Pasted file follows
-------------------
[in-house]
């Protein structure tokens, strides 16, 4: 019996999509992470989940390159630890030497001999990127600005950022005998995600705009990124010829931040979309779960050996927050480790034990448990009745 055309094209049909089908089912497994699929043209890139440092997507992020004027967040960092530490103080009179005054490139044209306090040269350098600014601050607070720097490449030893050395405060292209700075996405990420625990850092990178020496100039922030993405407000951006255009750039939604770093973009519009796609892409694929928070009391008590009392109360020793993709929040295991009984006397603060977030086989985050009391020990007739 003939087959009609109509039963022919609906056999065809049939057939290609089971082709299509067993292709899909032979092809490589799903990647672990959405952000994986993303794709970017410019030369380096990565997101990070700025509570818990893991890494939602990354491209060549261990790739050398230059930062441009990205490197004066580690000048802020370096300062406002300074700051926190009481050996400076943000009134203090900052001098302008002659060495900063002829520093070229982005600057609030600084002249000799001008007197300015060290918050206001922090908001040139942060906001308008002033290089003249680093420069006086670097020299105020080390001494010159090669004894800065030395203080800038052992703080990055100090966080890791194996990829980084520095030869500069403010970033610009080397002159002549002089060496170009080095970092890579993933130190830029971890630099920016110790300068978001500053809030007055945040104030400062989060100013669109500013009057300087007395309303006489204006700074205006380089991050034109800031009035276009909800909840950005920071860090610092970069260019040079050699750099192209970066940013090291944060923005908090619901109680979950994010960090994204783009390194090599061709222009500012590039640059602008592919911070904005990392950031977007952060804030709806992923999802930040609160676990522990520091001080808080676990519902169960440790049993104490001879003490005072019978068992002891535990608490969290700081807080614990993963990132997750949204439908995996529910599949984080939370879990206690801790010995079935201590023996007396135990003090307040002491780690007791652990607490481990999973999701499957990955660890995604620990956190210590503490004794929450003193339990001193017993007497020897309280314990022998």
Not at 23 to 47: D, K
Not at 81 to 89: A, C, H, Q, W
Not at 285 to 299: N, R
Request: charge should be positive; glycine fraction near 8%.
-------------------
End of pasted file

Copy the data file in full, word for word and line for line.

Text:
[in-house]
């Protein structure tokens, strides 16, 4: 019996999509992470989940390159630890030497001999990127600005950022005998995600705009990124010829931040979309779960050996927050480790034990448990009745 055309094209049909089908089912497994699929043209890139440092997507992020004027967040960092530490103080009179005054490139044209306090040269350098600014601050607070720097490449030893050395405060292209700075996405990420625990850092990178020496100039922030993405407000951006255009750039939604770093973009519009796609892409694929928070009391008590009392109360020793993709929040295991009984006397603060977030086989985050009391020990007739 003939087959009609109509039963022919609906056999065809049939057939290609089971082709299509067993292709899909032979092809490589799903990647672990959405952000994986993303794709970017410019030369380096990565997101990070700025509570818990893991890494939602990354491209060549261990790739050398230059930062441009990205490197004066580690000048802020370096300062406002300074700051926190009481050996400076943000009134203090900052001098302008002659060495900063002829520093070229982005600057609030600084002249000799001008007197300015060290918050206001922090908001040139942060906001308008002033290089003249680093420069006086670097020299105020080390001494010159090669004894800065030395203080800038052992703080990055100090966080890791194996990829980084520095030869500069403010970033610009080397002159002549002089060496170009080095970092890579993933130190830029971890630099920016110790300068978001500053809030007055945040104030400062989060100013669109500013009057300087007395309303006489204006700074205006380089991050034109800031009035276009909800909840950005920071860090610092970069260019040079050699750099192209970066940013090291944060923005908090619901109680979950994010960090994204783009390194090599061709222009500012590039640059602008592919911070904005990392950031977007952060804030709806992923999802930040609160676990522990520091001080808080676990519902169960440790049993104490001879003490005072019978068992002891535990608490969290700081807080614990993963990132997750949204439908995996529910599949984080939370879990206690801790010995079935201590023996007396135990003090307040002491780690007791652990607490481990999973999701499957990955660890995604620990956190210590503490004794929450003193339990001193017993007497020897309280314990022998």
Not at 23 to 47: D, K
Not at 81 to 89: A, C, H, Q, W
Not at 285 to 299: N, R
Request: charge should be positive; glycine fraction near 8%.